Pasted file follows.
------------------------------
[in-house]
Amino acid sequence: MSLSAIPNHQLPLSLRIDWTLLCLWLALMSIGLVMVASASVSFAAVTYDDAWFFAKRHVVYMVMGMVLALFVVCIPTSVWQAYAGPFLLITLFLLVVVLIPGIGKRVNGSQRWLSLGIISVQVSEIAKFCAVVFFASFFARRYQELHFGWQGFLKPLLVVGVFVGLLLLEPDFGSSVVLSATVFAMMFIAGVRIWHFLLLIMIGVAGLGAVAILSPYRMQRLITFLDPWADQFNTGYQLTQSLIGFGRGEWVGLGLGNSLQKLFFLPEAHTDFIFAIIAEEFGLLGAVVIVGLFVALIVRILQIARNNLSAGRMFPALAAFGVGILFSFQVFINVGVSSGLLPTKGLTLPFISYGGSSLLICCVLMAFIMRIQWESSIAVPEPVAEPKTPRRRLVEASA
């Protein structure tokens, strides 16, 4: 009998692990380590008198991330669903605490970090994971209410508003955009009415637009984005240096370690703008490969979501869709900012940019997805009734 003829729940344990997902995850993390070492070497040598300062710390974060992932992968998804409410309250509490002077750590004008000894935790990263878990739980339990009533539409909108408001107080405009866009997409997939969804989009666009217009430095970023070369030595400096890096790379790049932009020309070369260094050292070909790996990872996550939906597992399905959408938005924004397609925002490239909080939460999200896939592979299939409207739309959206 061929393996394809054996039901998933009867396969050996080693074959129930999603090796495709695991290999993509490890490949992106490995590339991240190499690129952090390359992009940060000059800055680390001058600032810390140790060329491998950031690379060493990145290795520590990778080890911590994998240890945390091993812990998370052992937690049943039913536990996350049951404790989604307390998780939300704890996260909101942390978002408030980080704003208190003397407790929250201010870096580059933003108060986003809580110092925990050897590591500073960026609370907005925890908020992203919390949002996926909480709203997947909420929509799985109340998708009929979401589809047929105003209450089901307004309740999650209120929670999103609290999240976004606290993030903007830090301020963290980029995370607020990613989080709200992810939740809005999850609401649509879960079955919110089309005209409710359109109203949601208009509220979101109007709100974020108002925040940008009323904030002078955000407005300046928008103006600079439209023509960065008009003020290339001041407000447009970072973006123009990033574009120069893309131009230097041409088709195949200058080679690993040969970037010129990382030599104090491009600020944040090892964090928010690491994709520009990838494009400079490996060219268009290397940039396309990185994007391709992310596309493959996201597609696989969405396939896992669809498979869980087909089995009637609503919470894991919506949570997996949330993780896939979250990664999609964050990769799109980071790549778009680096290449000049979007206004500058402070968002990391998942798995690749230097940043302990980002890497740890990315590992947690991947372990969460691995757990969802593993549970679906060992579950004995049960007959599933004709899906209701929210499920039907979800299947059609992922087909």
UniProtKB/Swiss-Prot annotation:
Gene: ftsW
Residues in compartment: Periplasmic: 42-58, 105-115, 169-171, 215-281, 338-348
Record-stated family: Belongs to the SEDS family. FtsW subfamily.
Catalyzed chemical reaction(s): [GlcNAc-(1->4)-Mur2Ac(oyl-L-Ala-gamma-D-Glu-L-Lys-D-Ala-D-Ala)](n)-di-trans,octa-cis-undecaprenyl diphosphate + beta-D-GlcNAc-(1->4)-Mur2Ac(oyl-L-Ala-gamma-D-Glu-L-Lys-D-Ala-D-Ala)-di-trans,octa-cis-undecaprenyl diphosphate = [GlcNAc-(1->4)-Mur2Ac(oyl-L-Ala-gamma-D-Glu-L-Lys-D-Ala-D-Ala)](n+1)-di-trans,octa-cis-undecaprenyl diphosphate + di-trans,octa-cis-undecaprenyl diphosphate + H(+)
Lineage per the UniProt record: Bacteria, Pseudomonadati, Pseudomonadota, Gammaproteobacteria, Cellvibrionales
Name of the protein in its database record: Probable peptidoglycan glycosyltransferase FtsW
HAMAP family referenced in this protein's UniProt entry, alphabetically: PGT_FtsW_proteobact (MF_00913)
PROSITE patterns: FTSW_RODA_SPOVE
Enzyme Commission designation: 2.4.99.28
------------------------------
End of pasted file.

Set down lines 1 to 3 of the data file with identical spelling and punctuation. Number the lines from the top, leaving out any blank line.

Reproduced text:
[in-house]
Amino acid sequence: MSLSAIPNHQLPLSLRIDWTLLCLWLALMSIGLVMVASASVSFAAVTYDDAWFFAKRHVVYMVMGMVLALFVVCIPTSVWQAYAGPFLLITLFLLVVVLIPGIGKRVNGSQRWLSLGIISVQVSEIAKFCAVVFFASFFARRYQELHFGWQGFLKPLLVVGVFVGLLLLEPDFGSSVVLSATVFAMMFIAGVRIWHFLLLIMIGVAGLGAVAILSPYRMQRLITFLDPWADQFNTGYQLTQSLIGFGRGEWVGLGLGNSLQKLFFLPEAHTDFIFAIIAEEFGLLGAVVIVGLFVALIVRILQIARNNLSAGRMFPALAAFGVGILFSFQVFINVGVSSGLLPTKGLTLPFISYGGSSLLICCVLMAFIMRIQWESSIAVPEPVAEPKTPRRRLVEASA
């Protein structure tokens, strides 16, 4: 009998692990380590008198991330669903605490970090994971209410508003955009009415637009984005240096370690703008490969979501869709900012940019997805009734 003829729940344990997902995850993390070492070497040598300062710390974060992932992968998804409410309250509490002077750590004008000894935790990263878990739980339990009533539409909108408001107080405009866009997409997939969804989009666009217009430095970023070369030595400096890096790379790049932009020309070369260094050292070909790996990872996550939906597992399905959408938005924004397609925002490239909080939460999200896939592979299939409207739309959206 061929393996394809054996039901998933009867396969050996080693074959129930999603090796495709695991290999993509490890490949992106490995590339991240190499690129952090390359992009940060000059800055680390001058600032810390140790060329491998950031690379060493990145290795520590990778080890911590994998240890945390091993812990998370052992937690049943039913536990996350049951404790989604307390998780939300704890996260909101942390978002408030980080704003208190003397407790929250201010870096580059933003108060986003809580110092925990050897590591500073960026609370907005925890908020992203919390949002996926909480709203997947909420929509799985109340998708009929979401589809047929105003209450089901307004309740999650209120929670999103609290999240976004606290993030903007830090301020963290980029995370607020990613989080709200992810939740809005999850609401649509879960079955919110089309005209409710359109109203949601208009509220979101109007709100974020108002925040940008009323904030002078955000407005300046928008103006600079439209023509960065008009003020290339001041407000447009970072973006123009990033574009120069893309131009230097041409088709195949200058080679690993040969970037010129990382030599104090491009600020944040090892964090928010690491994709520009990838494009400079490996060219268009290397940039396309990185994007391709992310596309493959996201597609696989969405396939896992669809498979869980087909089995009637609503919470894991919506949570997996949330993780896939979250990664999609964050990769799109980071790549778009680096290449000049979007206004500058402070968002990391998942798995690749230097940043302990980002890497740890990315590992947690991947372990969460691995757990969802593993549970679906060992579950004995049960007959599933004709899906209701929210499920039907979800299947059609992922087909």